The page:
3D printing PPE
30 Apr 2020
Architectural Credit: Dory Azar, Architect
I bought my first 3D printer in 2013. At the time, I wanted to use it to produce 3D models for my small practice. Since then, I’ve purchased three more printers and printed thousands of items, (mostly architectural in nature). I knew 3D printers were capable of a lot, but I had no idea that one day, I would be using them to produce personal protective equipment (PPE) for front line healthcare workers during a global pandemic.
When the COVID-19 situation got more serious towards the end of March 2020, the 3D printing community started buzzing with designs for face shields, ventilator parts, and other helpful gear. I set up three of my 3D printers in my home office, found some open source files for face shields online, and posted a few photos of the ones that I printed on my social media channels. At the time, our local hospitals were not yet allowing the use of non-approved PPE, but hospitals in Michigan were and they desperately needed it. So, I began offering face shields and “ear-savers” to Canadian nurses who cross the border to work in Michigan (I’m based in Windsor). Before I knew it, I was on the front page of the Windsor Star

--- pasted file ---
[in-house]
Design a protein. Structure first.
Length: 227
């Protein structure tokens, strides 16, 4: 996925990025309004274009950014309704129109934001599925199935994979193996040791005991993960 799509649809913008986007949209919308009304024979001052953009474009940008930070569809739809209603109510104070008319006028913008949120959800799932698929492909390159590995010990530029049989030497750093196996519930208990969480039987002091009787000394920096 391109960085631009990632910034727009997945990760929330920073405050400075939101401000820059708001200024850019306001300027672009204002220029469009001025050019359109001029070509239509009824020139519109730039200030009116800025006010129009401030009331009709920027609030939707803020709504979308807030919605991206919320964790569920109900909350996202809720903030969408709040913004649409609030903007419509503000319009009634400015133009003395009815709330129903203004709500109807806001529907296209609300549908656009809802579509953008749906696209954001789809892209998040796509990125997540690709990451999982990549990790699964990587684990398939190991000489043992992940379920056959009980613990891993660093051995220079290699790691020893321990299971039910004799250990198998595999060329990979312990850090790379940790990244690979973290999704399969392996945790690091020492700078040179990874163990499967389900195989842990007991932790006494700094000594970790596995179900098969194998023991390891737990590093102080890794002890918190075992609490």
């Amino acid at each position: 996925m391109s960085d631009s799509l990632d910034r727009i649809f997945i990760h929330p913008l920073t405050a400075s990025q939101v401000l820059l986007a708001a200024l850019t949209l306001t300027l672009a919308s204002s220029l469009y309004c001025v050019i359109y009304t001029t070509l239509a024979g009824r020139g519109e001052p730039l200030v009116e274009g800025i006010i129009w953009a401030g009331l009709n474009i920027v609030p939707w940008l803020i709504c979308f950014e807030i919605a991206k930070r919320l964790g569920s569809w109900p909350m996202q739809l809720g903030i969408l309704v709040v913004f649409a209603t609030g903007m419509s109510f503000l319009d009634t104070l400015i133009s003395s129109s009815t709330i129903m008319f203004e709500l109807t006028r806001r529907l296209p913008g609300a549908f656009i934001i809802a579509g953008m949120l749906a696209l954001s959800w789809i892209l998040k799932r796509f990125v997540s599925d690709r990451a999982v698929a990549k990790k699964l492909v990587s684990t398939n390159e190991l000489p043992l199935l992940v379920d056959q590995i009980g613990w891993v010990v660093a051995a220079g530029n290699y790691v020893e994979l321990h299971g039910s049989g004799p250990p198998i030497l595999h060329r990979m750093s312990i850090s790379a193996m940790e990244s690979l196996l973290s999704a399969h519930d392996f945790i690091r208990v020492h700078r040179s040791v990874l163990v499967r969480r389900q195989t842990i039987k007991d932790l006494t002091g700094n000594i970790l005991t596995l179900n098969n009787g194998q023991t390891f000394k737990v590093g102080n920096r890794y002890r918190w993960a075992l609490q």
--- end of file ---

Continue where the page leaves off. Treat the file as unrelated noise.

for my efforts. That’s when the requests really started to pour in. Since then, I’ve had my 3D printers running 12-15 hours per day from my home office. Many members of the community also stepped in with monetary and in-kind donations to support the cause. So far, I have printed and distributed over 1000 units, with some being sent as far as Toronto and Halifax, all at no cost to the healthcare workers. If anyone has a 3D printer and would like to help, the healthcare workers still need the PPE and will be very grateful for your help.
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